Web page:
I love eating pork. It’s a prominent protein in Vietnamese cuisine and huge in Louisiana food (he-llo cracklin’). While I know that pork comes from pigs, I have very little contact with them. Earlier this month through Animal Agriculture Alliance sent me and 11 other bloggers to North Carolina, where we met people who love pigs and pork. I wasn’t sure what to expect on the trip, but certainly got a behind-the-scenes look at pig farming and pork processing. Which made me appreciate the pork that I pork I put on my dinner table even more.
I grew up in a rural area, but have never stepped foot on a livestock farm before this trip. Our first visit was to a Prestage Farms sow (female pig) farm, where we had to scrub in and out just to step into the sow houses. By scrub in I mean we to get naked, shower, and put on fresh coveralls before even seeing a sow. We humans were the dirty ones. We couldn’t risk bringing in germs into the houses full of momma pigs and their piglets. Those piglets were adorable!
The Animal Agriculture Alliance team and Prestage farms promised us complete transparency during our trip. We bloggers didn’t hold back with our questions and they answered all of them. We learned about pig artificial insemination–my friend Ilina even got to knock up a sow!
On our first full day, we toured 3 farms in order to see the different stages of the process: sow farms, which included breeding and farrowing (birthing); the nursery, where piglets grow until they reach 50 pounds; and the finishing unit, where they stay until they reach the market weight of 275 pounds.
What stood out for me during our tours was how much those involved in the farming process loved and respected the pigs. The first thing I noticed walking into the sow farm were how the workers petted and talked to the sows. They gave them behind the ear scratches and chatted with them. Mark Daughtry, a sow production manager and contract farmer, spoke about the moms and piglets with so much compassion and love. I could tell he was proud of the piglets he raised–like a proud mom he was!
At each farm, the story was similar. The families spoke about their pigs with respect and compassion. They loved what they did and the animals they took care of. Farming wasn’t just an income, it was their way of life. Many of them went to college and graduate school in order to better prepared to take care of their farm and animals. They are more educated than I am!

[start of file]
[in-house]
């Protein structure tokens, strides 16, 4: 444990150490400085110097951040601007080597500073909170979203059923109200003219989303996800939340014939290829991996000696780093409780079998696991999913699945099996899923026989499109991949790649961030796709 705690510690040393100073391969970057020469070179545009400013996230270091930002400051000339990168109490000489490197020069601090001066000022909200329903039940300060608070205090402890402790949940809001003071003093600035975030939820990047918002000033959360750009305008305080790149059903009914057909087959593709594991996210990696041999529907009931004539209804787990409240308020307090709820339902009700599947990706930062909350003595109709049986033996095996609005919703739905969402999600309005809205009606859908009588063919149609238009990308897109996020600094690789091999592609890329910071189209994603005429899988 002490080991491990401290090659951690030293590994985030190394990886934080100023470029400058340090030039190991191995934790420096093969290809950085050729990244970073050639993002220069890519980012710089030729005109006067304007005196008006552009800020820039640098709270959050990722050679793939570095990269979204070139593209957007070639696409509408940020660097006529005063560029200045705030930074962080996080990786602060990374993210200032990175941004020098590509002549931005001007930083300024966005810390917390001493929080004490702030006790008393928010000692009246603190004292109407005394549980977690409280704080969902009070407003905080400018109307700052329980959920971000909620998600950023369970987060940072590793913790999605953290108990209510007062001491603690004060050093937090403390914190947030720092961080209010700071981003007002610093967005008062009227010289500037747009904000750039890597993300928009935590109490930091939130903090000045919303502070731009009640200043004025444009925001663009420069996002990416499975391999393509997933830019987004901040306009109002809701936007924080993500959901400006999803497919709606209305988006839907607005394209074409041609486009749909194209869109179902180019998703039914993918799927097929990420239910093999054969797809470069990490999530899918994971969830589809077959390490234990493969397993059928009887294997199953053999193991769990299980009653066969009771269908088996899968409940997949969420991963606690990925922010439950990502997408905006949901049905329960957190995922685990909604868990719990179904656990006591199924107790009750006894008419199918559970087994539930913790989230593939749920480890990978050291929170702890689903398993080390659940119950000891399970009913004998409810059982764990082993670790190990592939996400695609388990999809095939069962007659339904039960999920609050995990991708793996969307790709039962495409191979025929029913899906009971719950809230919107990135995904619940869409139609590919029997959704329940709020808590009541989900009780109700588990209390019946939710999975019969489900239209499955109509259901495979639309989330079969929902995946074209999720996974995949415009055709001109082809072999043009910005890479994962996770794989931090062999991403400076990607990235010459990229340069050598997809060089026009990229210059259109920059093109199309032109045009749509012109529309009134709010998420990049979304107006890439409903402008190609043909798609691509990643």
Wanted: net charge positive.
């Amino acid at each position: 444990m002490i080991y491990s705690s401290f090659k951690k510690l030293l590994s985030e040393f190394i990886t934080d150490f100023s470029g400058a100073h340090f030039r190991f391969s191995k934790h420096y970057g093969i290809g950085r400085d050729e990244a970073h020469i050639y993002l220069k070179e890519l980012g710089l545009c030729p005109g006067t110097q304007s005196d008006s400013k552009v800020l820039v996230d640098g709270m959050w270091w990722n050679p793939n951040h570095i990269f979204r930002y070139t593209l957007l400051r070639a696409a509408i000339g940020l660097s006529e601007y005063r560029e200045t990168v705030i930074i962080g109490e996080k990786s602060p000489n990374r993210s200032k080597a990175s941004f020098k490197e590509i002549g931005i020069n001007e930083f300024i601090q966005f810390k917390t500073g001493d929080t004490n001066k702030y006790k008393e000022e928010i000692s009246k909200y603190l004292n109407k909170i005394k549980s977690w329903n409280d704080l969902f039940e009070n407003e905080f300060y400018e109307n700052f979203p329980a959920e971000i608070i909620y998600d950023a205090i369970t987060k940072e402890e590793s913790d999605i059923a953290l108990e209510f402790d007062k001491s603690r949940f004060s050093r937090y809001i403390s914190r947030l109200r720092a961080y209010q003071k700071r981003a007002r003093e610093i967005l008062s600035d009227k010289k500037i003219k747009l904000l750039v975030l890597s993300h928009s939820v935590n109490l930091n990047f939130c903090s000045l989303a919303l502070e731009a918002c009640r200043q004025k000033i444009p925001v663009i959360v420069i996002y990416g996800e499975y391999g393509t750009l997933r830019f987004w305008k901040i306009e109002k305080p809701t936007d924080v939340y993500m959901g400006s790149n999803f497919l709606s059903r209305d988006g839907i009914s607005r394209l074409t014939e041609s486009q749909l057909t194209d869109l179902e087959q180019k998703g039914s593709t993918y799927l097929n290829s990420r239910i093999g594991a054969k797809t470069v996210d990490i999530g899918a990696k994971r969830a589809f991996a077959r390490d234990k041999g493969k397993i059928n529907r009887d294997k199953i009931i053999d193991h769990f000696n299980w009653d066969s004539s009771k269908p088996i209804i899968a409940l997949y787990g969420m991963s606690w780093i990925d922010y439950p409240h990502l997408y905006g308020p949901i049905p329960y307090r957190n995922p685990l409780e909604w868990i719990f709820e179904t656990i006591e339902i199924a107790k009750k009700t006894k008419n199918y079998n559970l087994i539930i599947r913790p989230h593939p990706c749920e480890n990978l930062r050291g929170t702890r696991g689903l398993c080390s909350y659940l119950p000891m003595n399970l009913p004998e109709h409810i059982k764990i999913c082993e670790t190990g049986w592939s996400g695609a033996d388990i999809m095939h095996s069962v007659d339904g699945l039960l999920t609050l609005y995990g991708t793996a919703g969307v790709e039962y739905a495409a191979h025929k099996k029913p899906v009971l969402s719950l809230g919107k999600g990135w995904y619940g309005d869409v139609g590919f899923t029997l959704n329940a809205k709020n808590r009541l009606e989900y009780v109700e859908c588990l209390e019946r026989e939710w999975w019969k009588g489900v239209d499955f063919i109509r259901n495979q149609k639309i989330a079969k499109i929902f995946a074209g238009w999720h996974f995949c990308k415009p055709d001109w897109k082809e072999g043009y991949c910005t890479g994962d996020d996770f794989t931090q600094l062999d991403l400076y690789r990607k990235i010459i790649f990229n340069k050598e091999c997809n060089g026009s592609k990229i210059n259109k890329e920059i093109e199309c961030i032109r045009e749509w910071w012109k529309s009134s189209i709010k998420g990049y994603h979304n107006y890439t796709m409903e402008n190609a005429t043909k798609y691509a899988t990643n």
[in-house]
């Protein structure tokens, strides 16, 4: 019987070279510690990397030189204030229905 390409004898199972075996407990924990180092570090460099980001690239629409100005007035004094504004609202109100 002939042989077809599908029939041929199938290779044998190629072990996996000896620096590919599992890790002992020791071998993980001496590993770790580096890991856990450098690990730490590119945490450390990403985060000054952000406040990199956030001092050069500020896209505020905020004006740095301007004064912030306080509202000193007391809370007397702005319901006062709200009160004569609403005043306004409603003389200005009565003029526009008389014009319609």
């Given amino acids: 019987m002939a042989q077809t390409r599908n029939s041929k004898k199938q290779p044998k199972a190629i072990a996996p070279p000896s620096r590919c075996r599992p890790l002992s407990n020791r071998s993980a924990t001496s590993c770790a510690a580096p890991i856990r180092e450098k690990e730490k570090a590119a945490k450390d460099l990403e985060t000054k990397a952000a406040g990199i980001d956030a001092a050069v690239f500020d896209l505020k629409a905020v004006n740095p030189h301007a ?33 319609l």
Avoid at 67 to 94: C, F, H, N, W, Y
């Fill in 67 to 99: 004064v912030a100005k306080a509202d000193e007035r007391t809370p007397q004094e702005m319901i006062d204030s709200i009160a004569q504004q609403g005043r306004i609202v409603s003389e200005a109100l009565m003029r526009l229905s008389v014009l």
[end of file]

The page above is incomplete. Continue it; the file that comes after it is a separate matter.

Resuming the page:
Most people don’t want to think about where their meat comes from because they’re afraid of what they will learn. If we don’t learn where our food comes from (not just a generic farm), how do we appreciate what we put on our table?
I grew up with in big immigrant family whose weekend get togethers consisted of slaughtering, defeathering, and cooking chickens and ducks. We didn’t do it to get back into touch with nature or eat like our cavemen ancestors did. My family prepared their food this way whenever they could because it was a cheaper way to get their meat. The only waste I remember from those family gatherings was the feathers. Every single part of the animal was turned into a dish. After the food was prepared, we all sat down together to eat and make merry. Adults at their table, and we kids had our on dining area on a blanket on the floor.
Because of that, I’ve taught my kids at a young age that the food they eat comes from plants and animals. How farmers spend their time and energy raising the food that we buy at the store or farmers market. We talk about this whenever they waste food or wrinkle their nose up at some animal part that sounds too, animal-like. I ask them to at least try the new to them dish.
I’m glad to see that these farmers respect their animals and the process of raising them so we can have bacon for breakfast or pork belly for my banh mi sandwiches.
I’ll be back to tell you about how Smithfield makes their bacon!
This trip was sponsored by Animal Agriculture Alliance. The opinions expressed here are all mine. I wasn’t paid to write this post – I wasn’t even asked to write it. My travel and lodging were provided to facilitate the experience.